nastetajup nastetajup - 1 year ago 70
Javascript Question

Is it possible to test for breaking spaces?

I'm trying to parse an html file (not the DOM) line by line. I wrote a for loop (below) that iterates every character embedded in an element, tallies it and logs it. The way the text is embedded is important for what I'm talking about:


<element id="myE">
This is some text that
represents accurately the way I
have written my html

//Starts with 1 because 0 is always a breaking space

var list = document.getElementById("myE").innerHTML;
var tallie = 0;

for (i=1;i<list.length;i++) {
if (/*list[i] == " "*/ true) {
list += 1;


Currently the loop is set to test for all characters. The text in the html renders in the DOM as though it were a continuous, properly formatted string. But in the console, inline spaces appear as non-breaking spaces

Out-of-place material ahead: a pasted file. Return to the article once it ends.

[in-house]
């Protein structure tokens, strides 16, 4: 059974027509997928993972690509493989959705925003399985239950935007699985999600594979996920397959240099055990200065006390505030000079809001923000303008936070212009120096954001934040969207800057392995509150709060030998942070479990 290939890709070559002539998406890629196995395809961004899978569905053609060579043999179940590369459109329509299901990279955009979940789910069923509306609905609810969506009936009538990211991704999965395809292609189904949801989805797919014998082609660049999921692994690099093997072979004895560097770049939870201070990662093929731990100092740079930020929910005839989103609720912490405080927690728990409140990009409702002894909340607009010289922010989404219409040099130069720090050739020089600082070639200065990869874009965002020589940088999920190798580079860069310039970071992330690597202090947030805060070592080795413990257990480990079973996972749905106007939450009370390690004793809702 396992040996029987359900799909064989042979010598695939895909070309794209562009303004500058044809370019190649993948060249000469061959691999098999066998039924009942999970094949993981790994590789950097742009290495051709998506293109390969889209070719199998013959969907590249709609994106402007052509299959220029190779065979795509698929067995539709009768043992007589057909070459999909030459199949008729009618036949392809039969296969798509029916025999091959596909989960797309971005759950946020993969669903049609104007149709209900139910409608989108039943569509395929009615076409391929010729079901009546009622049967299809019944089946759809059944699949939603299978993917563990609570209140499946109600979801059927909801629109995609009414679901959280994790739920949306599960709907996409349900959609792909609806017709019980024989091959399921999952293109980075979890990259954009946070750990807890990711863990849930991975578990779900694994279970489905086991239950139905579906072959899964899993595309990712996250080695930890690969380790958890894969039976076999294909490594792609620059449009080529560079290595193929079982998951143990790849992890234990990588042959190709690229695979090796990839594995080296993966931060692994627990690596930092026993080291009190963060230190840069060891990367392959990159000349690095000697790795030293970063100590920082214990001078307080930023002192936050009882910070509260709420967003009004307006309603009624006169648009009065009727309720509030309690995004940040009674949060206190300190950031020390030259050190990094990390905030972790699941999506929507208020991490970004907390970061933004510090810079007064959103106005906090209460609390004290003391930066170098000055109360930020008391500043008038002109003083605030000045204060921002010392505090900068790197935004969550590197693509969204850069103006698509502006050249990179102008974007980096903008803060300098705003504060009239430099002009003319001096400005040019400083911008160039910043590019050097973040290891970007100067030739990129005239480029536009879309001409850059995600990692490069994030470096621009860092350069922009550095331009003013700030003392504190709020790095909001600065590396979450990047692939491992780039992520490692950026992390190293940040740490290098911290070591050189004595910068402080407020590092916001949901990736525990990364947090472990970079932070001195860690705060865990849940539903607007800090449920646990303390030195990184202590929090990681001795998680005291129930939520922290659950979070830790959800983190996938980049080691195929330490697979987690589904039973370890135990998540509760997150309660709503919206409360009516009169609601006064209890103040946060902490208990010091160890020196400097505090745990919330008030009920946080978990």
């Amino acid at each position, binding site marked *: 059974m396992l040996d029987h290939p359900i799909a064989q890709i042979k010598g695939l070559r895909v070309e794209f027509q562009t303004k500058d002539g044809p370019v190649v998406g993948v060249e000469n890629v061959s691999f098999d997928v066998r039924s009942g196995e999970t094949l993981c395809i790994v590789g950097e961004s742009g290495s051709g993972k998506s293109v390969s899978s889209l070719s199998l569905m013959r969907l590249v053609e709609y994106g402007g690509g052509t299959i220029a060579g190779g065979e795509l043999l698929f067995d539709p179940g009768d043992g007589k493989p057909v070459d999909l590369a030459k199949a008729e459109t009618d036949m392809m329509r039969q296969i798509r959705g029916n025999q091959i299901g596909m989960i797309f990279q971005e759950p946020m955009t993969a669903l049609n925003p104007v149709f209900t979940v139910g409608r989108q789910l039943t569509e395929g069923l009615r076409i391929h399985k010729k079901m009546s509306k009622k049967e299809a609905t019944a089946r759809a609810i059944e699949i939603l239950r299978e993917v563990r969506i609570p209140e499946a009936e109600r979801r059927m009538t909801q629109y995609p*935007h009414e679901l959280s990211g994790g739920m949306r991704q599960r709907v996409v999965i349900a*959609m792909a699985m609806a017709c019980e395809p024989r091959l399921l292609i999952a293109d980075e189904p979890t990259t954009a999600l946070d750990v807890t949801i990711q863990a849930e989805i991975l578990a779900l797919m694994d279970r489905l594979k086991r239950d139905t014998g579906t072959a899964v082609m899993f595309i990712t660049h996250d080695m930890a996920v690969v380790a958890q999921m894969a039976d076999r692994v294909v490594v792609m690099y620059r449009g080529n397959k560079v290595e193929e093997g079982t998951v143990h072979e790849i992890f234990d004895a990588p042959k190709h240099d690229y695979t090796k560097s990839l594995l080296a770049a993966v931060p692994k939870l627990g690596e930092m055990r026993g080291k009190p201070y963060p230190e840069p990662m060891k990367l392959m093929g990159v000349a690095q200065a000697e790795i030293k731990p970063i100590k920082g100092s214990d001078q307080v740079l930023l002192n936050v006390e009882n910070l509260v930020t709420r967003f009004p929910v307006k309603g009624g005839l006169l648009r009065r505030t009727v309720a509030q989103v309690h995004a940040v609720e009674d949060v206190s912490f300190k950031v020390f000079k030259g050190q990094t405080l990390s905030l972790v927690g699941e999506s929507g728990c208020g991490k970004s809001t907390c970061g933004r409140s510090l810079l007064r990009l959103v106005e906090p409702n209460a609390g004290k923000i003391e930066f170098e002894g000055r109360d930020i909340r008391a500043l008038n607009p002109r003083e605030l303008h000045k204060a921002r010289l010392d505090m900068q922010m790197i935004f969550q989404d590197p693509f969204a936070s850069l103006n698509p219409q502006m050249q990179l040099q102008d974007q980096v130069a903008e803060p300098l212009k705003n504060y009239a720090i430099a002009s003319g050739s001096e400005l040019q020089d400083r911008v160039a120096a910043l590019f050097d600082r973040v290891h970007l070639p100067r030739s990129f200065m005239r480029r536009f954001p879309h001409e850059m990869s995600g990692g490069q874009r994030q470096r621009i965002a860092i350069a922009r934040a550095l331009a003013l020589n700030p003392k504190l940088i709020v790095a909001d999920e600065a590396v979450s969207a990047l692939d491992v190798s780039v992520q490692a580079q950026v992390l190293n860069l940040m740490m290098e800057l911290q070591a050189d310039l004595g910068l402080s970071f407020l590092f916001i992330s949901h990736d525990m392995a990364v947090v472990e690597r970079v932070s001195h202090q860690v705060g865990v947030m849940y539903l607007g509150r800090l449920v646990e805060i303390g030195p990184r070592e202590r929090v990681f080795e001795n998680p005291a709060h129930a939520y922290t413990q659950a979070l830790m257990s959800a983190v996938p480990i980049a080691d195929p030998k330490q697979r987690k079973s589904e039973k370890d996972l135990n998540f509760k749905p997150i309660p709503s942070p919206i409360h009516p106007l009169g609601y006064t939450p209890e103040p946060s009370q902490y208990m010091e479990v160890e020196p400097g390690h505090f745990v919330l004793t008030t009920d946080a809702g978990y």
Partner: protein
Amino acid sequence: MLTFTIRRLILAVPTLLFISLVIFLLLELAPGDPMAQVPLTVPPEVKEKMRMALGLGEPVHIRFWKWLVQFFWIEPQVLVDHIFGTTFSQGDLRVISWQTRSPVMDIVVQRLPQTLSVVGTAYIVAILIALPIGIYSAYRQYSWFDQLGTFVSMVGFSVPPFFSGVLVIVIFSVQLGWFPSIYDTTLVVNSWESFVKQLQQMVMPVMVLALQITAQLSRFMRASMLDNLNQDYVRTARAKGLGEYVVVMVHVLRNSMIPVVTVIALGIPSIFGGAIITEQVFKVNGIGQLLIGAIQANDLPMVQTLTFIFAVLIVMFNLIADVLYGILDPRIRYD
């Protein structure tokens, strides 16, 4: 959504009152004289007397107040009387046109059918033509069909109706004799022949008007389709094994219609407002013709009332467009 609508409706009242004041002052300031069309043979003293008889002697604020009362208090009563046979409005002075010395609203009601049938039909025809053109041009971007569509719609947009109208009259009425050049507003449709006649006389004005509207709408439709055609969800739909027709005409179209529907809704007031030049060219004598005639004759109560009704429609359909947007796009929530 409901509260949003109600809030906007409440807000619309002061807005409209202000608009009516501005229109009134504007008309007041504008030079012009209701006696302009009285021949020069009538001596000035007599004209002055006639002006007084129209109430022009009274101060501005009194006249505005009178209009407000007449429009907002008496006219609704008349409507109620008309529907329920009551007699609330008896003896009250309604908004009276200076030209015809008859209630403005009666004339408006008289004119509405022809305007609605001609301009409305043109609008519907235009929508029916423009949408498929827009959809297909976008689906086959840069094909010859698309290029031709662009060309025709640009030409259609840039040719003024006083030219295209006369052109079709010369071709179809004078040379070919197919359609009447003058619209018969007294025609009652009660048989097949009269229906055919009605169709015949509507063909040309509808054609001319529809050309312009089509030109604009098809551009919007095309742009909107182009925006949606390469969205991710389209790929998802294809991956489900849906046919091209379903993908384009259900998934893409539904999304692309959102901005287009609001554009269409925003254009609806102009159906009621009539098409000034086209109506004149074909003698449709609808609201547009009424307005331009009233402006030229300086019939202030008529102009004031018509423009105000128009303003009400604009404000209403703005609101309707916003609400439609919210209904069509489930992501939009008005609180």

" "
, and line breaks appear as breaking spaces:


Since the console appears to know the difference, it seems there should be a way to test for the difference. If you unlock the commented condition, it will start testing for non-breaking spaces. I know another way to do the same thing is to use the non-breaking space character code, or even it's ascii number (160). It seems reasonable then to expect to be able to find a character code for a breaking space. Unfortunately I can not find one.

Long story short, how can I achieve a true line by line parsing of an html file?

Answer Source

Newline characters are encoded with \n. Sometimes you will also find combinations of carriage return and new line \r\n (see wikipedia on Newline). These should not be confused with a Non Breaking Space &nbsp; or &#160; which are used if you want the browser to not word wrap but still display a space or if you want the browser to not collapse multiple spaces together.

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